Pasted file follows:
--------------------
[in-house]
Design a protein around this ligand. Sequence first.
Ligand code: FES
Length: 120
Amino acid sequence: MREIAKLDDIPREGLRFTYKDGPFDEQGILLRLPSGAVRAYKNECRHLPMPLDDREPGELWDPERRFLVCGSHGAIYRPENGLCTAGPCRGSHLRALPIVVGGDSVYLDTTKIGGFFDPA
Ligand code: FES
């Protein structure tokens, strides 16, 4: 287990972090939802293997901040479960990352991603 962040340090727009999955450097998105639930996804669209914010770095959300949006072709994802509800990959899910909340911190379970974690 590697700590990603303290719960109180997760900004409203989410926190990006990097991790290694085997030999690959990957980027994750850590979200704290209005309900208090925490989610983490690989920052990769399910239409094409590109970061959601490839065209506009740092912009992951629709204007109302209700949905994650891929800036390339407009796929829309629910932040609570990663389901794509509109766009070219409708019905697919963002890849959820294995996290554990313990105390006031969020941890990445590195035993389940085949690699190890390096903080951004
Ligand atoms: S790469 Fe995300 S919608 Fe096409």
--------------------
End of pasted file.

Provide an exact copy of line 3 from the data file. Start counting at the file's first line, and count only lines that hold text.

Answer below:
Ligand code: FES